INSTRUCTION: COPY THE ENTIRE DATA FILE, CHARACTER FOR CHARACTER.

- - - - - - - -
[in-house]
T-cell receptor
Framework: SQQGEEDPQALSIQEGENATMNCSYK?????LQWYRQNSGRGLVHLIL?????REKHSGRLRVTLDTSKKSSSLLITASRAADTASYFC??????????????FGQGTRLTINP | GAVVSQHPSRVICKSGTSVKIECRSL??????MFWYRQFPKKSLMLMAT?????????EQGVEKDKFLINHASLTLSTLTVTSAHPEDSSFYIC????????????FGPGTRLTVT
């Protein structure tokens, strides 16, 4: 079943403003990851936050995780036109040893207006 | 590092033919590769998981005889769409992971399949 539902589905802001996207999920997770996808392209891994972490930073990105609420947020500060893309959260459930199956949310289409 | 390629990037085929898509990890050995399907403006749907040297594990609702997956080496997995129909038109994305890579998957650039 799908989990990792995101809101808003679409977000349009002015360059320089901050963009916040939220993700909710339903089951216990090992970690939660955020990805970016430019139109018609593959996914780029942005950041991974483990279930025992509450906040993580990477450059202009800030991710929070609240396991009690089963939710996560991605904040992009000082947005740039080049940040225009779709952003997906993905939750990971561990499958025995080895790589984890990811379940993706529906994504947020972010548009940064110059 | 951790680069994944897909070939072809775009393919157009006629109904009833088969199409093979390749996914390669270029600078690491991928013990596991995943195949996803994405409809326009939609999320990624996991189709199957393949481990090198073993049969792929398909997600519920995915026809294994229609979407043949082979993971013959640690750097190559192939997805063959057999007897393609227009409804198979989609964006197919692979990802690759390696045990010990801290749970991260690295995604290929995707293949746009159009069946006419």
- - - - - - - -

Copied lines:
[in-house]
T-cell receptor
Framework: SQQGEEDPQALSIQEGENATMNCSYK?????LQWYRQNSGRGLVHLIL?????REKHSGRLRVTLDTSKKSSSLLITASRAADTASYFC??????????????FGQGTRLTINP | GAVVSQHPSRVICKSGTSVKIECRSL??????MFWYRQFPKKSLMLMAT?????????EQGVEKDKFLINHASLTLSTLTVTSAHPEDSSFYIC????????????FGPGTRLTVT
């Protein structure tokens, strides 16, 4: 079943403003990851936050995780036109040893207006 | 590092033919590769998981005889769409992971399949 539902589905802001996207999920997770996808392209891994972490930073990105609420947020500060893309959260459930199956949310289409 | 390629990037085929898509990890050995399907403006749907040297594990609702997956080496997995129909038109994305890579998957650039 799908989990990792995101809101808003679409977000349009002015360059320089901050963009916040939220993700909710339903089951216990090992970690939660955020990805970016430019139109018609593959996914780029942005950041991974483990279930025992509450906040993580990477450059202009800030991710929070609240396991009690089963939710996560991605904040992009000082947005740039080049940040225009779709952003997906993905939750990971561990499958025995080895790589984890990811379940993706529906994504947020972010548009940064110059 | 951790680069994944897909070939072809775009393919157009006629109904009833088969199409093979390749996914390669270029600078690491991928013990596991995943195949996803994405409809326009939609999320990624996991189709199957393949481990090198073993049969792929398909997600519920995915026809294994229609979407043949082979993971013959640690750097190559192939997805063959057999007897393609227009409804198979989609964006197919692979990802690759390696045990010990801290749970991260690295995604290929995707293949746009159009069946006419």